threMany Malta is a tiny nation in the Mediterranean Sea, strategically positioned between Europe and Africa. It is home to around 500,000 inhabitants, including a certain Fun Entrepreneur, and has over 5,000 years of history and culture at its roots. Malta is also a good place for business, offering year-round great weather, short commutes, and a skilled and flexible workforce.
Whilst the local population does not offer huge market opportunities, it is a great testing ground. Existing logistical connections to mainland Europe and North Africa mean that companies wishing to expand beyond Malta can do so with ease. For those who wish to start a business in Malta, here are 10 simple steps to follow:
1. Limited liability or self-employed?
The main difference is that by having a limited liability company you give your business a more trustworthy face and you, as a shareholder, are better protected. There are, however, more bureaucratic steps and costs in creating a company, such as having an annual audit. You should, therefore, be pretty confident that your business is viable before registering it as LTD.
For a self-employed person to start a business in Malta, the steps are much simpler, but you will also bare the entirety of the risk if anything goes wrong, such as would be the case with defective products or lawsuits. If you decide to start as a self-employed, then you can go directly to Step 4.
2. Prepare registration documentation
If you are going to proceed with a limited liability company, then you need to draft the memorandum and articles of association. Whilst you could prepare these yourself if you have the experience, I would strongly recommend seeking the assistance of local accountants or lawyers, especially if you are starting a business in Malta for the first time. These documents are not only important for registration, but they also detail what the company, its shareholders and its directors can and can not do.
3. Deposit the minimum share capital
With the help of an account, you should determine the right amount and include it in your memorandum and articles of association. To start off, any company needs some capital, however small. The minimum amount allowed is €1,200 (value rounded up), but you only need to deposit 20% of this value at a bank. If your business is operating in a particular industry, such as a financial institution, then a higher minimum share capital will be required.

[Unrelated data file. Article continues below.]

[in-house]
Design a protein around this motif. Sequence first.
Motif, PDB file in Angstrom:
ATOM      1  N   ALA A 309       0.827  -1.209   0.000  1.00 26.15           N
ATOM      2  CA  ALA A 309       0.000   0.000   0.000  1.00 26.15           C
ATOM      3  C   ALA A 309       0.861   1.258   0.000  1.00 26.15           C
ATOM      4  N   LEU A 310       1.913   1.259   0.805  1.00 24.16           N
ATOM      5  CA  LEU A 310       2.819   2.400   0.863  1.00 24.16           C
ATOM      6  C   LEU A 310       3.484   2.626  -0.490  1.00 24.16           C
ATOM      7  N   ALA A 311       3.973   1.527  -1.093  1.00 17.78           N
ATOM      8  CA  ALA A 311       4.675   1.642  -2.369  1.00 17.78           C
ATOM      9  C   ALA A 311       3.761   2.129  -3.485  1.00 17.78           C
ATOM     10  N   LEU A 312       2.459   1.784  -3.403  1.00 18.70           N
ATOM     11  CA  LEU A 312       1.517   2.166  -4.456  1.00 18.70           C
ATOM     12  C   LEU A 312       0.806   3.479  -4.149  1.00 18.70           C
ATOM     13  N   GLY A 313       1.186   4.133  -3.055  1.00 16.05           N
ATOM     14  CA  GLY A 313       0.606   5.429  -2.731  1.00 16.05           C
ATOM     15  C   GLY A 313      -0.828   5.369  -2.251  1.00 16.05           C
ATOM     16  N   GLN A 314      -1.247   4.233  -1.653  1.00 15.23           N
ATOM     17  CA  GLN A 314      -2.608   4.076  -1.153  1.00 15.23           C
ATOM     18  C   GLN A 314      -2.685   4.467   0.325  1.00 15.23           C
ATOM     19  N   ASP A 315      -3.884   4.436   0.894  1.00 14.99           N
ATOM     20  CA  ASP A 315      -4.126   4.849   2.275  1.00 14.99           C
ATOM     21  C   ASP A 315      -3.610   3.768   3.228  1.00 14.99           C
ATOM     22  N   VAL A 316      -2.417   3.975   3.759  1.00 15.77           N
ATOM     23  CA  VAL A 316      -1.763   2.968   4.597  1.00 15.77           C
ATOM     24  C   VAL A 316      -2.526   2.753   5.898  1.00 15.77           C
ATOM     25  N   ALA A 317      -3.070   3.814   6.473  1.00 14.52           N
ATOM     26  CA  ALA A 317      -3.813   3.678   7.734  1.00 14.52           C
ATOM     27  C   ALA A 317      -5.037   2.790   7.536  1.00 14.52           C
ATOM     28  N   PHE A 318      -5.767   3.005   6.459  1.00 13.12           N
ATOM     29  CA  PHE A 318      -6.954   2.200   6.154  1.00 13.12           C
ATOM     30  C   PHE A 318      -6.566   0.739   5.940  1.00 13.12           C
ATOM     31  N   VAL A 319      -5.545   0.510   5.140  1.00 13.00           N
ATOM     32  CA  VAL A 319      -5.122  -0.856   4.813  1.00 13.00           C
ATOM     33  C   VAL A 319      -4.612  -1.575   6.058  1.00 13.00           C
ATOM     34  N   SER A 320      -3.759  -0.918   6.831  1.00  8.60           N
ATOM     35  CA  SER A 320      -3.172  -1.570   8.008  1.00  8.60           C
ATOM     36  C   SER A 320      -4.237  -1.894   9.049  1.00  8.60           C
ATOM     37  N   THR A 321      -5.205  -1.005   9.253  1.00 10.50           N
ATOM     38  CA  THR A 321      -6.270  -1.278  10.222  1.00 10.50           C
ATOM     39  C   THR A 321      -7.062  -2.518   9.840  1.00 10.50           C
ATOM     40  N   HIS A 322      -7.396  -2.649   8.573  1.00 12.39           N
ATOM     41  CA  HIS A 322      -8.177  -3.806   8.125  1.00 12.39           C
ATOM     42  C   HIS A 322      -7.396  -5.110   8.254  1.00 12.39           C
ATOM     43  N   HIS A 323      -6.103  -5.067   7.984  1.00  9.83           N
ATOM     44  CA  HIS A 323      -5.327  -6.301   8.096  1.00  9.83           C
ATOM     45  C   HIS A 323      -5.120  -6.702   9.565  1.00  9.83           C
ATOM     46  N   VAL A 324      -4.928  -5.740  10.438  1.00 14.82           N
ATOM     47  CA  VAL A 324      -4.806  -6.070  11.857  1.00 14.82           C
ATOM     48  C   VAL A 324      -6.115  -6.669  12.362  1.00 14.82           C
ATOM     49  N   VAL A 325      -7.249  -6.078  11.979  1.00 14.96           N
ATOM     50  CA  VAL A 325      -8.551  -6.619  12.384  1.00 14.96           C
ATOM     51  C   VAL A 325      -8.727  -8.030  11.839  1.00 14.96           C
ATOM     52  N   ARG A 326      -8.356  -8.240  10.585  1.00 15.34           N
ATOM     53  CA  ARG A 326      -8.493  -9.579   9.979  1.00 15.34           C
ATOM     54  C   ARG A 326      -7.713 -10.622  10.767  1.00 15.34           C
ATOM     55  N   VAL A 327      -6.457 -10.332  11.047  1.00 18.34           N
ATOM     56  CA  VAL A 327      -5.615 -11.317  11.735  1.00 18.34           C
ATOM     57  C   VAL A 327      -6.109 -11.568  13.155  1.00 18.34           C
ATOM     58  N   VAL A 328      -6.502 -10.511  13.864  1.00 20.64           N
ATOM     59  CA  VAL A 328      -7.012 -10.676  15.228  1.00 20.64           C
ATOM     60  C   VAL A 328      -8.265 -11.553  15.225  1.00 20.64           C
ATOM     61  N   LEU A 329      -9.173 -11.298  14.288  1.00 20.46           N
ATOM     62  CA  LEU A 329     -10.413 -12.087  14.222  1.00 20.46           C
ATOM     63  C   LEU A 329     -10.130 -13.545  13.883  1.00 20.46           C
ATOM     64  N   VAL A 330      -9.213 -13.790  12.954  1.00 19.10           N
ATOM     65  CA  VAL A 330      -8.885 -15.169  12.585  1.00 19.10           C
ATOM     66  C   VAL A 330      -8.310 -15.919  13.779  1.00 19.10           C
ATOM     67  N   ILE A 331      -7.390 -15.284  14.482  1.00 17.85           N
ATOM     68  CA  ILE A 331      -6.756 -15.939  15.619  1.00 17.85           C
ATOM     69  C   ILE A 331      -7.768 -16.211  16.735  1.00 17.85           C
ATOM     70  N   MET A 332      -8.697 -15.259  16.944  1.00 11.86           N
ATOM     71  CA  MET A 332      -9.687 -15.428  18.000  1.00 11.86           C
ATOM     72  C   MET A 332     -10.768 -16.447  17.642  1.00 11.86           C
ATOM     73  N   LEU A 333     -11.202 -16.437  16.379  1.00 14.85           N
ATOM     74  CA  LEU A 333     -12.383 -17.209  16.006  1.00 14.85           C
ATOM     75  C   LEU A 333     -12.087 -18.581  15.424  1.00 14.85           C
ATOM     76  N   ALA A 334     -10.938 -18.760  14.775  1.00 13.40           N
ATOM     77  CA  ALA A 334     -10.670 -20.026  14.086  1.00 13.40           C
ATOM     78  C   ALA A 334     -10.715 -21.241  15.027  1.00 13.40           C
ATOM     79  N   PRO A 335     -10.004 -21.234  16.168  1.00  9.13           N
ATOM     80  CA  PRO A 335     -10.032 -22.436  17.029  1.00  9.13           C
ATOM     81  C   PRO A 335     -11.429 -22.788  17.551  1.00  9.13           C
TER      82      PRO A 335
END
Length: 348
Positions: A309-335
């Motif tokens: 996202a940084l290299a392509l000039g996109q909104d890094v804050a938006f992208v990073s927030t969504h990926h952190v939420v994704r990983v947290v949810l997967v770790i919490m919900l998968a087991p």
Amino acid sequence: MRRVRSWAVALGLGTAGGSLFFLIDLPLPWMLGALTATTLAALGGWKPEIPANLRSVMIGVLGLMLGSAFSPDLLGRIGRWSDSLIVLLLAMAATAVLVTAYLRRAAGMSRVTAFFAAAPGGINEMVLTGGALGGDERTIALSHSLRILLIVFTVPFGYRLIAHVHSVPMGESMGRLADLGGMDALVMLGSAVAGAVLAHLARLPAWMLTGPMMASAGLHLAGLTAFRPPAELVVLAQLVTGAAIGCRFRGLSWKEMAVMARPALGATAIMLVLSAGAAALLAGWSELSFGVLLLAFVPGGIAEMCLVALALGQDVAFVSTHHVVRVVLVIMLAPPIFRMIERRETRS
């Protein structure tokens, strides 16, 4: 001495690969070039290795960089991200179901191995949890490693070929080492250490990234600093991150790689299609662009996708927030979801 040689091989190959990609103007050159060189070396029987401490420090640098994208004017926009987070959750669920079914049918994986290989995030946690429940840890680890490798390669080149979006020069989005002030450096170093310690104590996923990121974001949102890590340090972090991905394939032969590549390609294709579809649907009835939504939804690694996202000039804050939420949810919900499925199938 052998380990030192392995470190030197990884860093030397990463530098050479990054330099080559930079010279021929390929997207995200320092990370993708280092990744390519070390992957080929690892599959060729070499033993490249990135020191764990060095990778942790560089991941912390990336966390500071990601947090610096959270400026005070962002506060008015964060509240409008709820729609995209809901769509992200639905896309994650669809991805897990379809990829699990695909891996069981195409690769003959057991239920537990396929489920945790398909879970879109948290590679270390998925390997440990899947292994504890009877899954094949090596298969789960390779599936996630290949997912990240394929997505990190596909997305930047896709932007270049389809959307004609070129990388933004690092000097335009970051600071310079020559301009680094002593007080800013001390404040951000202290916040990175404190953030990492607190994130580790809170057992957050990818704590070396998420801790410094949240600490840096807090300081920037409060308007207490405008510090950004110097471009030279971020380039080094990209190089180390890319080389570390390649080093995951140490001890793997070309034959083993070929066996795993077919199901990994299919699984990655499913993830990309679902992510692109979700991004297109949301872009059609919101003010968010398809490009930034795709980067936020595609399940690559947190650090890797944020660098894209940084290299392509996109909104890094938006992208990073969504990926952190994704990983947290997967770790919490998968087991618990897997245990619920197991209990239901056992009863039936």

You should normally deposit the share capital in a business account. As you’re opening the account, you should inform the bank teller that you are depositing your share capital and they will guide you accordingly. The money will go into a holding account until the company is properly registered and you’ll get a receipt. It is very important that you do not lose this receipt as you will need it to start a business in Malta.
4. Start a business in Malta
Present the filled-in company registration form, the memorandum and articles of association, and the share capital deposit slip to the Malta Business Registry (MBR). This is the authority that oversees all locally registered companies. Registration is normally completed within a few days. You will need to pay a registration fee whose value varies based on the size and scope of the company. The MBR offers detailed information on fees and the registration procedure.
If you wish to register as a sole trader and are a Maltese resident, you can register your business and get most of the necessary submissions made through a single form. You will need either an E-ID or an ID card to access the online sole trader registration form.